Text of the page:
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Cambodian accounting to adopt international standards

Cambodian accounting to adopt international standards

Cambodia's antiquated and irregular accounting system will officially meet international

standards when it switches to a proposed Cambodian Accounting System by 2005 said

Ngy Tayi, chairman of the Commission on Accounting Reform.

The Cambodian Accounting System, which has yet to be designed, will be based on the

International Accounting Standard now used by the US and much of the developed world.

The move was spurred by Cambodia's acceptance into the World Trade Organization earlier

this year and a desire not to be left behind in the global marketplace, said Tayi.

He said Cambodia still used the European-French Accounting Standard.

"If we still use [this standard], it means we use it alone in the next coming

years," he said.

Private accountants indicated that the present system in Cambodia is inefficient

since public and private organizations use differing accounting standards, which

complicate transactions and reduce financial transparency.

Despite the new standards, Heng Vanda, director of the Vanda Institute of Accounting

in Phnom Penh, said he was skeptical that the better standards would lure a wave

of new investors.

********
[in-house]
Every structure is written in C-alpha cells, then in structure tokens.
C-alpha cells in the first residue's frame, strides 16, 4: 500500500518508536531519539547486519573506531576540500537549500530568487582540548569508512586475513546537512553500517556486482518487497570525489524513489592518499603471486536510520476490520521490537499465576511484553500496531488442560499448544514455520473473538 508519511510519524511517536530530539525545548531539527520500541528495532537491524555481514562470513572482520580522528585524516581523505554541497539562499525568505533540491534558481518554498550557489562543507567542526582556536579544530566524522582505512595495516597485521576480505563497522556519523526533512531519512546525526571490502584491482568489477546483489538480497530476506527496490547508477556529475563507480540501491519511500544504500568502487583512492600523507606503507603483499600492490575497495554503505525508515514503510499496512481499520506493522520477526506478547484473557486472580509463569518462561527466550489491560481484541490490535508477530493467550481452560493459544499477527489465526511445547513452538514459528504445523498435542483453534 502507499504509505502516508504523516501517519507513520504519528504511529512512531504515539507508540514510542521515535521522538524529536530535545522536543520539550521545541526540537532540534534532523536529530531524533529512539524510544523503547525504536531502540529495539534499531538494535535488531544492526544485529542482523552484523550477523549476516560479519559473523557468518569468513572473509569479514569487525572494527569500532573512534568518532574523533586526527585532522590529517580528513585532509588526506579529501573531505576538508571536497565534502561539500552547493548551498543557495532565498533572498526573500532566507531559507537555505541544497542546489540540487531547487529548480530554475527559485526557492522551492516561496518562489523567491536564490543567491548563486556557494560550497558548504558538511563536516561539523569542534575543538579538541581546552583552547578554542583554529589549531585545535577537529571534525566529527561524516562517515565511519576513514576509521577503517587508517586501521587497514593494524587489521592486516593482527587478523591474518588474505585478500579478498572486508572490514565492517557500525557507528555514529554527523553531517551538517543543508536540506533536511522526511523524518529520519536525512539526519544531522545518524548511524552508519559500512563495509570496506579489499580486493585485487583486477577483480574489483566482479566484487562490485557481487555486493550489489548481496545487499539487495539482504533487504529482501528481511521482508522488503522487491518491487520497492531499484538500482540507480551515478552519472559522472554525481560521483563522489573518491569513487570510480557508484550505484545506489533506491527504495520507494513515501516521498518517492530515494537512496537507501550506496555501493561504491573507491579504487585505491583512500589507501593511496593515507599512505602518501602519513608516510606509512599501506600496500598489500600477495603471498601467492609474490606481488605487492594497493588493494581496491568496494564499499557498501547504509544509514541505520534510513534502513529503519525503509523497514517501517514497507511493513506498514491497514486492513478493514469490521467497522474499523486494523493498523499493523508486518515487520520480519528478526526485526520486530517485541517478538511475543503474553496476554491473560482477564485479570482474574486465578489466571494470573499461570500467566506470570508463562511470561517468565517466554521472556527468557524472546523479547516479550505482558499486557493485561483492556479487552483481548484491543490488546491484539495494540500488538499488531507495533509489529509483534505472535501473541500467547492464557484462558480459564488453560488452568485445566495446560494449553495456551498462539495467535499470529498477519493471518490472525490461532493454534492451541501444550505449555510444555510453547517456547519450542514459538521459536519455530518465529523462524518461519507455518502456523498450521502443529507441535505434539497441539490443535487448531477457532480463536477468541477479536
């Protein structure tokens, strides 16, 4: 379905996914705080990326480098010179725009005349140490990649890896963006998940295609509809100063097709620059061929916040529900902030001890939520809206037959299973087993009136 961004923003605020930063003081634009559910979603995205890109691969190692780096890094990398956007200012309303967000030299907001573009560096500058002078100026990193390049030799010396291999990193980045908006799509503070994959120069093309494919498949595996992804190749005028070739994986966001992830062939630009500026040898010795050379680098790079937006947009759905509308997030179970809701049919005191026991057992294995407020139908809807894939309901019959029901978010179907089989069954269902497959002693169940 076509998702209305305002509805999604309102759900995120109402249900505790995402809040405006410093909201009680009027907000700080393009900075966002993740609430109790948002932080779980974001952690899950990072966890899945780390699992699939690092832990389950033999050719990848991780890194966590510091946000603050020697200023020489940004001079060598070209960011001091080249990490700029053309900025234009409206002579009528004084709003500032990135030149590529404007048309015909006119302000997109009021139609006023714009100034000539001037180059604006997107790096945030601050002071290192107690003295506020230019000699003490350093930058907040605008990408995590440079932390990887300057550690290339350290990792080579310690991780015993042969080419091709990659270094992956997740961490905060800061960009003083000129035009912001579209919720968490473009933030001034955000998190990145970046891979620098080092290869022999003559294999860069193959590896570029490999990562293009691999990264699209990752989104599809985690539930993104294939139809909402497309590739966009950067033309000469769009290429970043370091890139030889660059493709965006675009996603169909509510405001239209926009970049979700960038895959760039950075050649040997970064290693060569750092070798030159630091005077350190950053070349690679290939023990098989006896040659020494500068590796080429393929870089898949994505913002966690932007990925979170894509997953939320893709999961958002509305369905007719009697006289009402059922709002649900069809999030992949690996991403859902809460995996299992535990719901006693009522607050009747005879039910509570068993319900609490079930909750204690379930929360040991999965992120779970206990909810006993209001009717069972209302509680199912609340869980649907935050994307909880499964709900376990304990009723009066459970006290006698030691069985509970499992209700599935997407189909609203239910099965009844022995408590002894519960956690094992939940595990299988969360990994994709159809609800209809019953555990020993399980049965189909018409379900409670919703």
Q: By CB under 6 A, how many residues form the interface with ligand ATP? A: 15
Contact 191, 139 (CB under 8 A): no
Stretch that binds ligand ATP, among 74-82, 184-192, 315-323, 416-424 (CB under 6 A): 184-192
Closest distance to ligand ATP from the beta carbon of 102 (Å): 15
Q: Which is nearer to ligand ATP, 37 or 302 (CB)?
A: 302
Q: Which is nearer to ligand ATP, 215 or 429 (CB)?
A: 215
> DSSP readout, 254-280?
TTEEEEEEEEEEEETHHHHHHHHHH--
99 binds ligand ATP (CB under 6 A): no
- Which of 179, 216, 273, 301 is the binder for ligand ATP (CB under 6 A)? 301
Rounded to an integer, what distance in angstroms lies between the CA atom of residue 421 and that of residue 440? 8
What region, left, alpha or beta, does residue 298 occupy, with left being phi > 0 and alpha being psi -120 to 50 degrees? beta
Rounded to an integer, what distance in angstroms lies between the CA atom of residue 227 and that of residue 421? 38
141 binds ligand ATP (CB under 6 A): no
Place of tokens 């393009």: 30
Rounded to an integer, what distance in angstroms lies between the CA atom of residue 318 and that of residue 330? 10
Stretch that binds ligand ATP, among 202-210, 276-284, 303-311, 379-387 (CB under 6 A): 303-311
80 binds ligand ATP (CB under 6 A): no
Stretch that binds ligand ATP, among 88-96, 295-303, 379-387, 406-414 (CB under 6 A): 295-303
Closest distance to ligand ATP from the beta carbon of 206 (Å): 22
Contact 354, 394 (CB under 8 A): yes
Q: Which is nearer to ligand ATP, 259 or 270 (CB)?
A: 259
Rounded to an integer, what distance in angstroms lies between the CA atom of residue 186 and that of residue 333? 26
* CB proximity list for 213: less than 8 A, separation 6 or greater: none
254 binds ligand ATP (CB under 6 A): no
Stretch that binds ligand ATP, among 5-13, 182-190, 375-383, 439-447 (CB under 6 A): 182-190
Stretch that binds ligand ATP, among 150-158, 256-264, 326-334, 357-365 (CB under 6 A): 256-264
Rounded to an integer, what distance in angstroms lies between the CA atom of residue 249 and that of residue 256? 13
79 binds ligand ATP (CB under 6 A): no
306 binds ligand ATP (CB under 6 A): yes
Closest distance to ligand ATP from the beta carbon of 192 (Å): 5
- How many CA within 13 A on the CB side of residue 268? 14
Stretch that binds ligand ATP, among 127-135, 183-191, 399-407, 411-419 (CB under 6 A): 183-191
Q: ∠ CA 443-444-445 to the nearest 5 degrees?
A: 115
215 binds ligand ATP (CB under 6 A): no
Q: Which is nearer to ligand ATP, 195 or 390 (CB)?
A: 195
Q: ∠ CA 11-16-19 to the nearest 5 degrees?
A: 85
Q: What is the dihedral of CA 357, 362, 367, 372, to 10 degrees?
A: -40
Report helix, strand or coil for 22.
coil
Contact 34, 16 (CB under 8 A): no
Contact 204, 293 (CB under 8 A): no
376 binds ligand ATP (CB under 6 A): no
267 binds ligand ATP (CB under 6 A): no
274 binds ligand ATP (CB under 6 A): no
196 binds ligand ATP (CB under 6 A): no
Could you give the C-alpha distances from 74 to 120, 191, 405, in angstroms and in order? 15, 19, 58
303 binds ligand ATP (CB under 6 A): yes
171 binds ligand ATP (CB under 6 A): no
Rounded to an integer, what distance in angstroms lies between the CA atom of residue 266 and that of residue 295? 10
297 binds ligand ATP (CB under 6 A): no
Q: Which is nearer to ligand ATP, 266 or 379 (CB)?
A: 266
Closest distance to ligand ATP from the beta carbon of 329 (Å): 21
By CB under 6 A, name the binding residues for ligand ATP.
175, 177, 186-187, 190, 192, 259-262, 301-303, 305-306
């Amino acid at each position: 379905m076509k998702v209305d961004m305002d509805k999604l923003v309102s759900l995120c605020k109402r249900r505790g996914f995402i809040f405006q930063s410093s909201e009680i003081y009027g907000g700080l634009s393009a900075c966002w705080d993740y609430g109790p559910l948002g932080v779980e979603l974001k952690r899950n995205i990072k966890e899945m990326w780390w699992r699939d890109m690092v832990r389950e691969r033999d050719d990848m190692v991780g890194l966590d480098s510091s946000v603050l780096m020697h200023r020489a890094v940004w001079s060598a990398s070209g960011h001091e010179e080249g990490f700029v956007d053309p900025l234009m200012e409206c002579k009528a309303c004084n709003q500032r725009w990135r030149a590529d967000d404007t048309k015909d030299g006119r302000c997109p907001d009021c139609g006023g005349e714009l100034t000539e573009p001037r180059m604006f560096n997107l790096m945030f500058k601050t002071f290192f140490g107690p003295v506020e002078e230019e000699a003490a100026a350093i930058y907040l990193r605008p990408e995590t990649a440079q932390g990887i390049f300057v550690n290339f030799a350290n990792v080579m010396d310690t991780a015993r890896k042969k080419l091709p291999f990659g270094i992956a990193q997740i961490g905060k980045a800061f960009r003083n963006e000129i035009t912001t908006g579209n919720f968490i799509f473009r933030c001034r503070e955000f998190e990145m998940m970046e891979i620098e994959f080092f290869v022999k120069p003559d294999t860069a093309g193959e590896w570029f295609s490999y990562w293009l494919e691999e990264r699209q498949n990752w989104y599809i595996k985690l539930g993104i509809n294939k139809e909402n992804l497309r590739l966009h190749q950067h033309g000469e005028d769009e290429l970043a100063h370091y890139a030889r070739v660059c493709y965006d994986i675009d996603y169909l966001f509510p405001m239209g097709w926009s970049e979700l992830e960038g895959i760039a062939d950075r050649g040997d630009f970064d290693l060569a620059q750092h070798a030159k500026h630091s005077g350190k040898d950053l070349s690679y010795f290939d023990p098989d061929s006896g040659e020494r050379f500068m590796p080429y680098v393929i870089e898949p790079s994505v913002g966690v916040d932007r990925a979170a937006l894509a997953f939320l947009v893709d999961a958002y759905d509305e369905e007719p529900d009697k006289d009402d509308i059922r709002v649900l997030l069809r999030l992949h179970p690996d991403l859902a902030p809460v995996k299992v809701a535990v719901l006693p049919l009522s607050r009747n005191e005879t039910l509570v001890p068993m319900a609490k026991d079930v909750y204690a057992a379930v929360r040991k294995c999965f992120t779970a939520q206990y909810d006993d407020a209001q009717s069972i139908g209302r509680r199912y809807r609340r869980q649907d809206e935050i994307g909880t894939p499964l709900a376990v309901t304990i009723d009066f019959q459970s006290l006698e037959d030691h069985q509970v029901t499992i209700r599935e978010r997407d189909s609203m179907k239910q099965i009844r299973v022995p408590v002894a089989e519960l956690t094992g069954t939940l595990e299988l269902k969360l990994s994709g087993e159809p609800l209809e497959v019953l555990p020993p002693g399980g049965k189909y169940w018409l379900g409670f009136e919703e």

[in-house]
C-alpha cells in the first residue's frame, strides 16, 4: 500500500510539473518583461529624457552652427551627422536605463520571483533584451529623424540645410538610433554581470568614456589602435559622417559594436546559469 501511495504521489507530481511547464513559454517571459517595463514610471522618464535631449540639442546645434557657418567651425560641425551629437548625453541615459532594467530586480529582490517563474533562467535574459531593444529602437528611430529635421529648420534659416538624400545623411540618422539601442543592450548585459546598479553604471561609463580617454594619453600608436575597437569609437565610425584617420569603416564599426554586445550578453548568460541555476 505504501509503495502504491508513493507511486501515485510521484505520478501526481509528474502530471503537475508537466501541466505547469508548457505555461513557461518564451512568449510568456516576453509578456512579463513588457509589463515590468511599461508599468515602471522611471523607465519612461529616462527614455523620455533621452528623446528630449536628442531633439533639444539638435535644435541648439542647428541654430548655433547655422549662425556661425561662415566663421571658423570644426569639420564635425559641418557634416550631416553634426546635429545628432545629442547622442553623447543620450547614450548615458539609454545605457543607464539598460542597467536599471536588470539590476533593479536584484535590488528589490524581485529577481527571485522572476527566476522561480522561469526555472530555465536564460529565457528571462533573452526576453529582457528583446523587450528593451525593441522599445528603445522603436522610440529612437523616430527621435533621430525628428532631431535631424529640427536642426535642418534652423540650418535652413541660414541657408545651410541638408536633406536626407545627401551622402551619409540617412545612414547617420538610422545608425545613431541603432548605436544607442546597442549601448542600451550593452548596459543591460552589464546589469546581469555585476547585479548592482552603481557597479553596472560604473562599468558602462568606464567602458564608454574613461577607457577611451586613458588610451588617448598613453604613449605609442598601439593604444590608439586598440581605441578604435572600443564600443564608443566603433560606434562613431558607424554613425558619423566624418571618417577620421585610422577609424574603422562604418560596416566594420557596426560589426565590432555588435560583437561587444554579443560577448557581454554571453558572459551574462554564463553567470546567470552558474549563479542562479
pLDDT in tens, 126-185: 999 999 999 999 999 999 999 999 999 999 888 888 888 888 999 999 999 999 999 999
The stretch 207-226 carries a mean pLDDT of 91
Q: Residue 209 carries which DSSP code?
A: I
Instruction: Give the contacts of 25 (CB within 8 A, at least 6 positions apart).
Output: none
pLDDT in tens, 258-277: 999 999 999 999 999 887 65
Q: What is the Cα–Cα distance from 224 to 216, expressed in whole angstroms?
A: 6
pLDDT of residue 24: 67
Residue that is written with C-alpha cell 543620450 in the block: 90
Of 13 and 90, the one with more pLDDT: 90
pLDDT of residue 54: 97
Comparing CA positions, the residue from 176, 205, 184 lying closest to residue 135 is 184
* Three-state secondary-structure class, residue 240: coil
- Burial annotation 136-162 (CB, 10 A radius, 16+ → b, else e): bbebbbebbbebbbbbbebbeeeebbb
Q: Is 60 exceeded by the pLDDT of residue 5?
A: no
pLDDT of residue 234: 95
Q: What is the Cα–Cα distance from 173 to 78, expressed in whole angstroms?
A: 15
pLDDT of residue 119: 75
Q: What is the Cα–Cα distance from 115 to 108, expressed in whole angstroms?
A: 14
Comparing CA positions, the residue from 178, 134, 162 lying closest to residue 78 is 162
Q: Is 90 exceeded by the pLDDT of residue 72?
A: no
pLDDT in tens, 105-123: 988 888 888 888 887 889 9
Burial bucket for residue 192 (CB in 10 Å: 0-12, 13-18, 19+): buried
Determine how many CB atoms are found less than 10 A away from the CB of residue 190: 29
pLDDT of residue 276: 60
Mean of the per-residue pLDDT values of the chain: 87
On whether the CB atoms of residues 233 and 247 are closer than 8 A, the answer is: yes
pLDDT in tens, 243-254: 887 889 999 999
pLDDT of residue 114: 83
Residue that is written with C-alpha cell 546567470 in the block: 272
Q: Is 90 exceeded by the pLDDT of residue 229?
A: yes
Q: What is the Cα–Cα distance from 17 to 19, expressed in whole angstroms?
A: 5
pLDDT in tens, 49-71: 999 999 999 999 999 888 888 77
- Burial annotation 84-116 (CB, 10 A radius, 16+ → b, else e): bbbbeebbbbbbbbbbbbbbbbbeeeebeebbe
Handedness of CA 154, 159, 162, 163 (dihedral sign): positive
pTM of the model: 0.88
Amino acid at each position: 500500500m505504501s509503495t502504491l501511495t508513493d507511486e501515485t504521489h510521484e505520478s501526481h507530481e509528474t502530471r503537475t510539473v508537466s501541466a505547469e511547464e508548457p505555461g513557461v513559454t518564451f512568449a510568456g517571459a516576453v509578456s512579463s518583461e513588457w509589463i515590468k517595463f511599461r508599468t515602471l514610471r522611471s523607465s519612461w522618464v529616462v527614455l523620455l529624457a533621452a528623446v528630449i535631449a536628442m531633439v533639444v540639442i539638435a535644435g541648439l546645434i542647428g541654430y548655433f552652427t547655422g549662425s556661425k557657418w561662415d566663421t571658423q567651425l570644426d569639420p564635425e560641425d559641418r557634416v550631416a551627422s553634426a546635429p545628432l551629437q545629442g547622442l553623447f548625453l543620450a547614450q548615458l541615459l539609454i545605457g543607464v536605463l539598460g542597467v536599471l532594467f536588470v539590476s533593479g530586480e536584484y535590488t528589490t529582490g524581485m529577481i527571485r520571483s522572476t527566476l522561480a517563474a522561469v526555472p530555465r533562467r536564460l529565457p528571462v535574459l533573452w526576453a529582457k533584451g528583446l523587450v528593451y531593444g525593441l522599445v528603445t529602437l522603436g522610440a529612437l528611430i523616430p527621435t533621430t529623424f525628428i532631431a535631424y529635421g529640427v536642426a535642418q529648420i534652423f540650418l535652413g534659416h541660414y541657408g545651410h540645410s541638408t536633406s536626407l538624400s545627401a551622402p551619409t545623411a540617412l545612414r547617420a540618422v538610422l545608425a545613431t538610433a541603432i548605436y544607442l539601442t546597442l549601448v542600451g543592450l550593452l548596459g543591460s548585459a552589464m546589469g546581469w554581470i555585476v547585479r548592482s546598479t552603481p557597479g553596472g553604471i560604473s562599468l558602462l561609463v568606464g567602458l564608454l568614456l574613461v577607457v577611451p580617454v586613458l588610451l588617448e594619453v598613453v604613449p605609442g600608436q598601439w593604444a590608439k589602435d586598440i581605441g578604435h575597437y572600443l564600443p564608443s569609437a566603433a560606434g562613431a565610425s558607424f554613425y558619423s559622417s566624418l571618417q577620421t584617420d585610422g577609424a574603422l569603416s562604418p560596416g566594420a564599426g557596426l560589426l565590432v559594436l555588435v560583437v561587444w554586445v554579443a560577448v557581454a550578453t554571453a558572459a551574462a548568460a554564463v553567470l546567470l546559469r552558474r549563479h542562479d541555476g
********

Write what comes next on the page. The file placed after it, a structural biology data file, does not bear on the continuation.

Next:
"I don't think that once the International Accounting Standards are established

for Cambodia there will be many investors who come to invest," said Vanda. "Accounting

is just a small part of what attracts investors to Cambodia. Government policy and

political stablility are the most important."

He cited difficulties in implementing the new standards, as well. A lack of accounting

texts for teaching and research, as well as the low level of human resources, were

the biggest problems.

An accounting law passed in 2002 paved the way for accounting reforms, including

two institutions expected to help manage the sector: the National Accounting Council

(NAC) and the Kampuchea Institute of Certified Public Accountants and Auditors (KICPAA).

The institutions will operate under the authority of the Ministry of Economy and

Finance.

NAC is a regulatory agency that will revise the Cambodian Accounting Standards. KICPAA

is a professional accounting body charged with ensuring the quality of the private

accounting profession.

"When we have the International Accounting System...it makes it easier for investors

all over the world who want to invest in Cambodia because it is the same standard

as their countries," said Tayi.

According to the new law, financial statements will include a balance sheet, income

statement, cash flow statement and any explanatory notes.

"After the new law is officially released, I hope we will have more opportunities

to [develop a] stock exchange because international investors have more confidence

in the Cambodian accounting system," said Tayi.

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